Virginie put in an appearance towards five o'clock. She had again seen Lantier; really, it was impossible to go down the street now without meeting him. Madame Boche also had just caught sight of him standing at the corner of the pavement with his head thrust forward in an uncommonly sly manner. Then Gervaise who had at that moment intended going for a sou's worth of burnt onions for the pot-au-feu, began to tremble from head to foot and did not dare leave the house; the more so, as the concierge and the dressmaker put her into a terrible fright by relating horrible stories of men waiting for women with knives and pistols hidden beneath their overcoats. Well, yes! one reads of such things every day in the newspapers. When one of those scoundrels gets his monkey up on discovering an old love leading a happy life he becomes capable of everything. Virginie obligingly offered to run and fetch the burnt onions. Women should always help one another, they could not let that little thing be murdered. When she returned she said that Lantier was no longer there; he had probably gone off on finding he was discovered. In spite of that thought, he was the subject of conversation around the saucepans until night-time. When Madame Boche advised her to inform Coupeau, Gervaise became really terrified, and implored her not to say a word about it. Oh, yes, wouldn't that be a nice situation! Her husband must have become suspicious already because for the last few days, at night, he would swear to himself and bang the wall with his fists. The mere thought that the two men might destroy each other because of her made her shudder. She knew that Coupeau was jealous enough to attack Lantier with his shears.

While the four of them had been deep in contemplating this drama, the saucepans on the banked coals of the stoves had been quietly simmering. When mother Coupeau lifted the lids, the veal and the pig's back were discreetly bubbling. The pot-au-feu was steadily steaming with snore-like sounds. Eventually each of them dipped a piece of bread into the soup to taste the bouillon.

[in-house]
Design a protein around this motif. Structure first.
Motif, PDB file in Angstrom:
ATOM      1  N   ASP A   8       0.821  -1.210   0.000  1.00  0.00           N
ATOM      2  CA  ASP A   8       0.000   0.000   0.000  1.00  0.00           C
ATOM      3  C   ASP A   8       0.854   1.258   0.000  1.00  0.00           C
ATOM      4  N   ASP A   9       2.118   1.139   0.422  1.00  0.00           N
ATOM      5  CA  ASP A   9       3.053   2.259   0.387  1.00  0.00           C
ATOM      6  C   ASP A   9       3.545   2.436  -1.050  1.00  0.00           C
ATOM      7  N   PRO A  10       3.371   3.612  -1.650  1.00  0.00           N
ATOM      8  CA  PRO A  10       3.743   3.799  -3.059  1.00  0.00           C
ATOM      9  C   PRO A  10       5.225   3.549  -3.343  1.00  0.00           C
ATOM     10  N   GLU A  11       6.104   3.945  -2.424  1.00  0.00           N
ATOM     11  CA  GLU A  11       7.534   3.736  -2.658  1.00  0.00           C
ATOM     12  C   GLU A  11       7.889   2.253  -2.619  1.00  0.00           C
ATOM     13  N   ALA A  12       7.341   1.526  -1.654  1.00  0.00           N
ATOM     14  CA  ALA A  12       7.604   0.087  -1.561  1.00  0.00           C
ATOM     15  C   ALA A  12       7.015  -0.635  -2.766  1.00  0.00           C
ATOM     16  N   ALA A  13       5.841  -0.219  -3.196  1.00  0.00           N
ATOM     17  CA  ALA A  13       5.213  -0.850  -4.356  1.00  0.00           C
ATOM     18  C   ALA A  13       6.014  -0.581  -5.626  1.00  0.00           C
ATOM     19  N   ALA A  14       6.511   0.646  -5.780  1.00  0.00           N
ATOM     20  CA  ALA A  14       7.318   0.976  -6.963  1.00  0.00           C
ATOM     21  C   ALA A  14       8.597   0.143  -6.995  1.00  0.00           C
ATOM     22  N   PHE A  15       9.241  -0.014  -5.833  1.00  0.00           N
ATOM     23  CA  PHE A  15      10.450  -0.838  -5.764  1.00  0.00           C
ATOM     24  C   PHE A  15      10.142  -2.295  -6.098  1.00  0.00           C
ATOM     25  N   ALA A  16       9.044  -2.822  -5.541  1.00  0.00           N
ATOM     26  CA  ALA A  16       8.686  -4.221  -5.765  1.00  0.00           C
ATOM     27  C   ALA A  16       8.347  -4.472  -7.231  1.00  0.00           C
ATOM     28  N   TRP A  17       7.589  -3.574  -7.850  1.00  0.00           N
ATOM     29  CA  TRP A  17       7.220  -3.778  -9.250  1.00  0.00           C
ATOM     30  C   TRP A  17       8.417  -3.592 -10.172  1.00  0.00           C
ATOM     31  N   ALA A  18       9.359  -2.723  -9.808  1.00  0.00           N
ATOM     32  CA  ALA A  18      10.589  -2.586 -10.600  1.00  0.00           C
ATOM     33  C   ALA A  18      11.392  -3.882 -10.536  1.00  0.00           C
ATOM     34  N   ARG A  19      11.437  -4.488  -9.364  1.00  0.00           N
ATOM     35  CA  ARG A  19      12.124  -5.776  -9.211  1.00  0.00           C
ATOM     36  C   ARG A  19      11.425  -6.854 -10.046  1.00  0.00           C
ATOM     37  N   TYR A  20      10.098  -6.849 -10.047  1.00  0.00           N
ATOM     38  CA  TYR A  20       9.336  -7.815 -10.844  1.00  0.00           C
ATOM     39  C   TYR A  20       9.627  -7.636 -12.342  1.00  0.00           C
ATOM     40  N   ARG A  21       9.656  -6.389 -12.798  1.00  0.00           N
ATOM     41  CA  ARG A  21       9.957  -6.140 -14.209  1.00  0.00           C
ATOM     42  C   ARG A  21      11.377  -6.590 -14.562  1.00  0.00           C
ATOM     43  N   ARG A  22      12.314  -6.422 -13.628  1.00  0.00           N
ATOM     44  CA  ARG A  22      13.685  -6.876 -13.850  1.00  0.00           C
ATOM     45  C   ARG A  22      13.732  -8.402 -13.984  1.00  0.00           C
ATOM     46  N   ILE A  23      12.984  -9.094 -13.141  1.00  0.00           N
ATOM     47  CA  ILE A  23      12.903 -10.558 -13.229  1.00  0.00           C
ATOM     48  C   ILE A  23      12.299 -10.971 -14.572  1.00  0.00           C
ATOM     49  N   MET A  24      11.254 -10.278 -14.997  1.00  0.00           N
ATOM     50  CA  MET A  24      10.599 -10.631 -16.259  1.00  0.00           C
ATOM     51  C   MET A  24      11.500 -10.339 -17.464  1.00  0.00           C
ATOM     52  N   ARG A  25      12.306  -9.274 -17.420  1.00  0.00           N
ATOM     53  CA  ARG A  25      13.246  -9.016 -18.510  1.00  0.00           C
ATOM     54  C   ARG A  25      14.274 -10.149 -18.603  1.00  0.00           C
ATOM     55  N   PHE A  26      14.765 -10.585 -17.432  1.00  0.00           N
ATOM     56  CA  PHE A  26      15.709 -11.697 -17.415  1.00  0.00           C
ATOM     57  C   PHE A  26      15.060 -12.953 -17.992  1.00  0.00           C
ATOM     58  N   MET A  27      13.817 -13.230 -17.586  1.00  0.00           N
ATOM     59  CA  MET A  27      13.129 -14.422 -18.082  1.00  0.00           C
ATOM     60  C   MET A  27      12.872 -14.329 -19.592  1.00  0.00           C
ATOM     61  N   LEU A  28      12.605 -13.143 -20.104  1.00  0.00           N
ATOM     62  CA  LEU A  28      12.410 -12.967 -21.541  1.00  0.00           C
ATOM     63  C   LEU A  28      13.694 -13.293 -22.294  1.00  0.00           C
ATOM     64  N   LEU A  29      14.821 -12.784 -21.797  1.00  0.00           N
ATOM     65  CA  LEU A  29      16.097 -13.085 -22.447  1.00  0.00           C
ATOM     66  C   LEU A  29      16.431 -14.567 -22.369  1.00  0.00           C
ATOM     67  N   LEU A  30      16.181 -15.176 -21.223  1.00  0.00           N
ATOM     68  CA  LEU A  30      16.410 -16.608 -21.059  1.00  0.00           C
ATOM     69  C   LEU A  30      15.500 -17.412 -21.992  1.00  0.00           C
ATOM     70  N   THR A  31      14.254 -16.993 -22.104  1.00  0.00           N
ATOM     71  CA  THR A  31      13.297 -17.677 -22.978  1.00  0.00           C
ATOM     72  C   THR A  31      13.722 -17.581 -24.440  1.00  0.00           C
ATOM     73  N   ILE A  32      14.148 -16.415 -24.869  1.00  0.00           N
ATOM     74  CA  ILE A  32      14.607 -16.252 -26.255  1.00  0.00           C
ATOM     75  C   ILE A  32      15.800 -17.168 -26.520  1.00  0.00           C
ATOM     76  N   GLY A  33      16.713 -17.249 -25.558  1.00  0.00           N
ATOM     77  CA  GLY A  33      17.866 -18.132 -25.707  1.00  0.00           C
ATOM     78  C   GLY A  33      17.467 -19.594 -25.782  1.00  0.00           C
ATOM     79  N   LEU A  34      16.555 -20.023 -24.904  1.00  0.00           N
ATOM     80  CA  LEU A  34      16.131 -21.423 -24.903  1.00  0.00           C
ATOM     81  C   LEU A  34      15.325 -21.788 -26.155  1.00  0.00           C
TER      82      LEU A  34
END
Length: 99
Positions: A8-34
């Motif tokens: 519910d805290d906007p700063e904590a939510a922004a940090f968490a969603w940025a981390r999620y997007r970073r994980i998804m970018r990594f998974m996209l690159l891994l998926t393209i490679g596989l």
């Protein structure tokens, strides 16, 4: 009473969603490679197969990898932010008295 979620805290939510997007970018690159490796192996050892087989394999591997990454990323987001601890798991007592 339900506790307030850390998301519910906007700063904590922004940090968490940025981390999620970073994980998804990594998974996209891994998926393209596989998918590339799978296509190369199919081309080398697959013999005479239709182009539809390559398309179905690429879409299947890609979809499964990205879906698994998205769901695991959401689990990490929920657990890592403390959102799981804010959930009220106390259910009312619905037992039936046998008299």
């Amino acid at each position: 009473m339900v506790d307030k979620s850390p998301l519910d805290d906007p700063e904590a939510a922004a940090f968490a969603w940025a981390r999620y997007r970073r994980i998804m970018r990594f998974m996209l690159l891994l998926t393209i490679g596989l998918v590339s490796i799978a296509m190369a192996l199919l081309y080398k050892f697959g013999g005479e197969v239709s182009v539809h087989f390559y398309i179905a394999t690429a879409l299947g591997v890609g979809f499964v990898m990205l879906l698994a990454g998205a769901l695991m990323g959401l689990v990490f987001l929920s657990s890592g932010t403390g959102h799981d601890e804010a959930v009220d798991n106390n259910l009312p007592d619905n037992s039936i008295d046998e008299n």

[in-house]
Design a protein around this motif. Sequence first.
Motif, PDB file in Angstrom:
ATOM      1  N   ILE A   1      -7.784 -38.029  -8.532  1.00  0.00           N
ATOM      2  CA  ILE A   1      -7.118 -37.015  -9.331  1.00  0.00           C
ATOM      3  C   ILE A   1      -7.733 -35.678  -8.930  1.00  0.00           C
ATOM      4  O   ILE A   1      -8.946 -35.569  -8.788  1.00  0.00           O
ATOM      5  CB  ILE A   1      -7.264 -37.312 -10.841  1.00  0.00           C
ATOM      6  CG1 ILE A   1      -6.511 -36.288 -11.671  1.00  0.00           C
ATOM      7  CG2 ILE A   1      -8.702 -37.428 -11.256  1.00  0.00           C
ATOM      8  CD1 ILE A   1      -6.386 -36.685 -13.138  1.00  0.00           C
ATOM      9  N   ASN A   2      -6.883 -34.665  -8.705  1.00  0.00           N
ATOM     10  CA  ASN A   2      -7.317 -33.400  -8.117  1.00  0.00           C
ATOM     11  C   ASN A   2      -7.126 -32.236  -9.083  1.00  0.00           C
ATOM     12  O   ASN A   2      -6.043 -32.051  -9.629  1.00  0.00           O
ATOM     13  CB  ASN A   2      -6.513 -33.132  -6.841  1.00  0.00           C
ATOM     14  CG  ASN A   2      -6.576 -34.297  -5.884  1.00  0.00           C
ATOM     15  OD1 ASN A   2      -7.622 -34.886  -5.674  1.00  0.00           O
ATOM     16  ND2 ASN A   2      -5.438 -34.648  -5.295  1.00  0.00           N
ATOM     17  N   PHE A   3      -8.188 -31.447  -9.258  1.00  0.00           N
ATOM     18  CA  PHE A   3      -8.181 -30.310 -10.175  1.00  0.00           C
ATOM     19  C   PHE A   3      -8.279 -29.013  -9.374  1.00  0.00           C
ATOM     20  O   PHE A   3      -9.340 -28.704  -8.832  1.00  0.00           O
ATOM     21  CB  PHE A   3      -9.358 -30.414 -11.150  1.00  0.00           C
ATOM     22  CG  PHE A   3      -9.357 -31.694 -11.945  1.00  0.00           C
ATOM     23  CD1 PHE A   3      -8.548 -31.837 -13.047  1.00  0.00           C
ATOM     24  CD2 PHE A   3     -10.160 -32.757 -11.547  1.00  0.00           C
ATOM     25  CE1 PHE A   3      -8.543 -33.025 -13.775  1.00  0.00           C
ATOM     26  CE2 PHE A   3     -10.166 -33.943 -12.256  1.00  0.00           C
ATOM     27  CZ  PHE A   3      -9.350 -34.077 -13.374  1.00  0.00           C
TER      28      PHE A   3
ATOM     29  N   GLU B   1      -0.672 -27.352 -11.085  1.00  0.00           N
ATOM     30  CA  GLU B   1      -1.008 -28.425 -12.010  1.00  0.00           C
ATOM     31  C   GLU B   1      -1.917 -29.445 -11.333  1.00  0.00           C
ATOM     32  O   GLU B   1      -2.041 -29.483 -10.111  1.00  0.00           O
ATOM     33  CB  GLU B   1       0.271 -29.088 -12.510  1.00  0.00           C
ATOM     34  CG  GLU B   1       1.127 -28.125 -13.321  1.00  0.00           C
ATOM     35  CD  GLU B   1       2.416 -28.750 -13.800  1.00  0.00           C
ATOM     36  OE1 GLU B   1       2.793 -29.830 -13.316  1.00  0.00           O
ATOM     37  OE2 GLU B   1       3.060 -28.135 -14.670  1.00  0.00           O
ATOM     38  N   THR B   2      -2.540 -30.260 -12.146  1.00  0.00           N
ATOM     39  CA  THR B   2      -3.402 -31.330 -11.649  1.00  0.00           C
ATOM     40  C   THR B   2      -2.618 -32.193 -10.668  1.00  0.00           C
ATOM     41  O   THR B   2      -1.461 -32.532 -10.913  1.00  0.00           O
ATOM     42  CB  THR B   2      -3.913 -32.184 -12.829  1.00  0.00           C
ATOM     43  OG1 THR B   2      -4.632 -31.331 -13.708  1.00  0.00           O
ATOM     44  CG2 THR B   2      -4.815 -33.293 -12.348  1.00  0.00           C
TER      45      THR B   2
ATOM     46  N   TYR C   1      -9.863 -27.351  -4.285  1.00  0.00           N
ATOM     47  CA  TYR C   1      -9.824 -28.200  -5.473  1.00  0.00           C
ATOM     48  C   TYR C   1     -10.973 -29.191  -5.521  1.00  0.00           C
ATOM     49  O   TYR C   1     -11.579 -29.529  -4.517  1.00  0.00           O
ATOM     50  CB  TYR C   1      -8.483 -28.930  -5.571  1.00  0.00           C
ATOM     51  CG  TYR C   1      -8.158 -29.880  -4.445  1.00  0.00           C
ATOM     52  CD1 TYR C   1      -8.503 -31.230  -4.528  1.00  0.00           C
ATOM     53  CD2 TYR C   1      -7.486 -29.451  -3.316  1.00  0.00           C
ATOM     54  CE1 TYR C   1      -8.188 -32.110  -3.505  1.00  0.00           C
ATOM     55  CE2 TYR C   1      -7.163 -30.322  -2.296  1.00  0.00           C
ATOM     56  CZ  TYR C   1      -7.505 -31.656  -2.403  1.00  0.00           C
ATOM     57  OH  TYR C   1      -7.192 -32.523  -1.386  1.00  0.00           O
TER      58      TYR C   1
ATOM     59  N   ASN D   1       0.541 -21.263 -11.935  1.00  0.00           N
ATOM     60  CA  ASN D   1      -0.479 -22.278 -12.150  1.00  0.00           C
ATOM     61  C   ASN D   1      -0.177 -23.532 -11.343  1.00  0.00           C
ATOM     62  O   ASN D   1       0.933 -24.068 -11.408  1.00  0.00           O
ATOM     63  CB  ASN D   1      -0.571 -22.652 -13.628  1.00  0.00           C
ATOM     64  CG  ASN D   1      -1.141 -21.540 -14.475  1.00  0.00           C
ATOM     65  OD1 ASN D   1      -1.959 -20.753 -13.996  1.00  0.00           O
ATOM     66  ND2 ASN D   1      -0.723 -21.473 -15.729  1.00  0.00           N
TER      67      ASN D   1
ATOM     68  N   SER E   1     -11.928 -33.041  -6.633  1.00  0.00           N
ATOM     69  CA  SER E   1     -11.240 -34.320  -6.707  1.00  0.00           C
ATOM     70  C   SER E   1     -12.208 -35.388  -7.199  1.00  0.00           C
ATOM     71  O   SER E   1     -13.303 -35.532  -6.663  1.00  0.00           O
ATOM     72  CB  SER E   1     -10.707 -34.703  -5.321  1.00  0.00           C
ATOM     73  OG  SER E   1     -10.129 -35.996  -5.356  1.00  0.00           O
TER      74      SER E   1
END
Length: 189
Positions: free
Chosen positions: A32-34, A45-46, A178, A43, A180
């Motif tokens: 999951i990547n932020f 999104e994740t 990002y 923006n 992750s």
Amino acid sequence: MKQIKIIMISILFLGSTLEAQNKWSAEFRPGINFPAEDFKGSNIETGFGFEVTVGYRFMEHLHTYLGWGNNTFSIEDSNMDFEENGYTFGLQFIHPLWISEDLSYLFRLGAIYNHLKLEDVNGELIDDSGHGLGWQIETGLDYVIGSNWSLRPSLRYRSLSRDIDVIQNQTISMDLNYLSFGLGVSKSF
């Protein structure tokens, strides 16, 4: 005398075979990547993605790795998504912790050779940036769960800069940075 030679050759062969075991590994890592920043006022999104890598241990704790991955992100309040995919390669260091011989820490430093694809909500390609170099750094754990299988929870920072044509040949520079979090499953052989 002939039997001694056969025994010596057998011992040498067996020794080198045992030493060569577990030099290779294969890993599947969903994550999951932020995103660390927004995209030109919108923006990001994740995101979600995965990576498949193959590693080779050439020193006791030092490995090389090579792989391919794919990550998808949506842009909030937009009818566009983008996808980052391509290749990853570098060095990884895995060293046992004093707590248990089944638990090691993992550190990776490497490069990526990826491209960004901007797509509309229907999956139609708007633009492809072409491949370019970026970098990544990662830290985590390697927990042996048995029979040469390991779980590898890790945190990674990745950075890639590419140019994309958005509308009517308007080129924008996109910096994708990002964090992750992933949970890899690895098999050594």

At length Monday arrived. Now that Gervaise was going to have fourteen persons at table, she began to fear that she would not be able to find room for them all. She decided that they should dine in the shop; and the first thing in the morning she took measurements so as to settle which way she should place the table. After that they had to remove all the clothes and take the ironing-table to pieces; the top of this laid on to some shorter trestles was to be the dining-table. But just in the midst of all this moving a customer appeared and made a scene because she had been waiting for her washing ever since the Friday; they were humbugging her, she would have her things at once. Then Gervaise tried to excuse herself and lied boldly; it was not her fault, she was cleaning out her shop, the workmen would not be there till the morrow; and she pacified her customer and got rid of her by promising to busy herself with her things at the earliest possible moment. Then, as soon as the woman had left, she showed her temper. Really, if you listened to all your customers, you'd never have time to eat. You could work yourself to death like a dog on a leash! Well! No matter who came in to-day, even if they offered one hundred thousand francs, she wouldn't touch an iron on this Monday, because it was her turn to enjoy herself.

The entire morning was spent in completing the purchases. Three times Gervaise went out and returned laden like a mule. But just as she was going to order wine she noticed that she had not sufficient money left. She could easily have got it on credit; only she could not be without money in the house, on account of the thousand little expenses that one is liable to forget. And mother Coupeau and she had lamented together in the back-room as they reckoned that they required at least twenty francs. How could they obtain them, those four pieces of a hundred sous each? Mother Coupeau who had at one time done the charring for a little actress of the Theatre des Batignolles, was the first to suggest the pawn-shop. Gervaise laughed with relief. How stupid she was not to have thought of it! She quickly folded her black silk dress upon a towel which she then pinned together. Then she hid the bundle under mother Coupeau's apron, telling her to keep it very flat against her stomach, on account of the neighbors who had no need to know; and she went and watched at the door to see that the old woman was not followed. But the latter had only gone as far as the charcoal dealer's when she called her back.

"Mamma! Mamma!"

She made her return to the shop, and taking her wedding-ring off her finger said:

"Here, put this with it. We shall get all the more."

When mother Coupeau brought her twenty-five francs, she danced for joy. She would order an extra six bottles of wine, sealed wine to drink with the roast. The Lorilleuxs would be crushed.